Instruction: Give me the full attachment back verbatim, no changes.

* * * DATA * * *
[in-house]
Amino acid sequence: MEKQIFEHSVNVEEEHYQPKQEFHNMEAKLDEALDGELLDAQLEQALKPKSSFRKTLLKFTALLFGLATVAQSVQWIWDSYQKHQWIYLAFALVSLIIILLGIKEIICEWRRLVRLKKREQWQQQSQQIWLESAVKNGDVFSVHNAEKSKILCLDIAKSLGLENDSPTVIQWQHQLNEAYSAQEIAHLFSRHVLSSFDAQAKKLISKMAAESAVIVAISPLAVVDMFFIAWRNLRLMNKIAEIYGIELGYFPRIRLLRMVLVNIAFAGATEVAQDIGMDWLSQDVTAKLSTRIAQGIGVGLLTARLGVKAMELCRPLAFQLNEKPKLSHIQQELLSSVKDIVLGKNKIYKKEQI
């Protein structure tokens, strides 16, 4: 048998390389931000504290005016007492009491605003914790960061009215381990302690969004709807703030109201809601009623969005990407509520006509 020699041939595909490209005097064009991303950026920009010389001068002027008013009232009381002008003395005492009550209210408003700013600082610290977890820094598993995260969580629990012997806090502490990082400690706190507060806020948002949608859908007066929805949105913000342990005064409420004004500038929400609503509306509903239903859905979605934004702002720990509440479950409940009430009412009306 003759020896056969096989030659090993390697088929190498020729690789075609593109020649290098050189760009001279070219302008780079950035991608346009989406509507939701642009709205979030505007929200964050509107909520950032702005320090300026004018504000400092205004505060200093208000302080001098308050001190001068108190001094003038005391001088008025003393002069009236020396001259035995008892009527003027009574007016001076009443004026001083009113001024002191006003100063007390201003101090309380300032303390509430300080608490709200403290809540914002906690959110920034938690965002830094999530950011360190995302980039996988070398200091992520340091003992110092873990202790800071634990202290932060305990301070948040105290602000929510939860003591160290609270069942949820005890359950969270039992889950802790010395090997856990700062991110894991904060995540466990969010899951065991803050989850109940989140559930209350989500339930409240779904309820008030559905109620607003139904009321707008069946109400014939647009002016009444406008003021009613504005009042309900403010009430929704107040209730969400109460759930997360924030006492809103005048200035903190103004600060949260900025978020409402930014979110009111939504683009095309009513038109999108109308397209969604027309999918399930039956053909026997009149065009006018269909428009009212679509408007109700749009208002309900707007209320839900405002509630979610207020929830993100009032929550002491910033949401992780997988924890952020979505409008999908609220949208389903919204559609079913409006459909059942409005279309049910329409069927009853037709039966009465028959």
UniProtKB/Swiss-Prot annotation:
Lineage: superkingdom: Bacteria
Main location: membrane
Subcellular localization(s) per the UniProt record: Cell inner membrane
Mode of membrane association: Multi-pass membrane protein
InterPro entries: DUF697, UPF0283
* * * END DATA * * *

[in-house]
Amino acid sequence: MEKQIFEHSVNVEEEHYQPKQEFHNMEAKLDEALDGELLDAQLEQALKPKSSFRKTLLKFTALLFGLATVAQSVQWIWDSYQKHQWIYLAFALVSLIIILLGIKEIICEWRRLVRLKKREQWQQQSQQIWLESAVKNGDVFSVHNAEKSKILCLDIAKSLGLENDSPTVIQWQHQLNEAYSAQEIAHLFSRHVLSSFDAQAKKLISKMAAESAVIVAISPLAVVDMFFIAWRNLRLMNKIAEIYGIELGYFPRIRLLRMVLVNIAFAGATEVAQDIGMDWLSQDVTAKLSTRIAQGIGVGLLTARLGVKAMELCRPLAFQLNEKPKLSHIQQELLSSVKDIVLGKNKIYKKEQI
């Protein structure tokens, strides 16, 4: 048998390389931000504290005016007492009491605003914790960061009215381990302690969004709807703030109201809601009623969005990407509520006509 020699041939595909490209005097064009991303950026920009010389001068002027008013009232009381002008003395005492009550209210408003700013600082610290977890820094598993995260969580629990012997806090502490990082400690706190507060806020948002949608859908007066929805949105913000342990005064409420004004500038929400609503509306509903239903859905979605934004702002720990509440479950409940009430009412009306 003759020896056969096989030659090993390697088929190498020729690789075609593109020649290098050189760009001279070219302008780079950035991608346009989406509507939701642009709205979030505007929200964050509107909520950032702005320090300026004018504000400092205004505060200093208000302080001098308050001190001068108190001094003038005391001088008025003393002069009236020396001259035995008892009527003027009574007016001076009443004026001083009113001024002191006003100063007390201003101090309380300032303390509430300080608490709200403290809540914002906690959110920034938690965002830094999530950011360190995302980039996988070398200091992520340091003992110092873990202790800071634990202290932060305990301070948040105290602000929510939860003591160290609270069942949820005890359950969270039992889950802790010395090997856990700062991110894991904060995540466990969010899951065991803050989850109940989140559930209350989500339930409240779904309820008030559905109620607003139904009321707008069946109400014939647009002016009444406008003021009613504005009042309900403010009430929704107040209730969400109460759930997360924030006492809103005048200035903190103004600060949260900025978020409402930014979110009111939504683009095309009513038109999108109308397209969604027309999918399930039956053909026997009149065009006018269909428009009212679509408007109700749009208002309900707007209320839900405002509630979610207020929830993100009032929550002491910033949401992780997988924890952020979505409008999908609220949208389903919204559609079913409006459909059942409005279309049910329409069927009853037709039966009465028959």
UniProtKB/Swiss-Prot annotation:
Lineage: superkingdom: Bacteria
Main location: membrane
Subcellular localization(s) per the UniProt record: Cell inner membrane
Mode of membrane association: Multi-pass membrane protein
InterPro entries: DUF697, UPF0283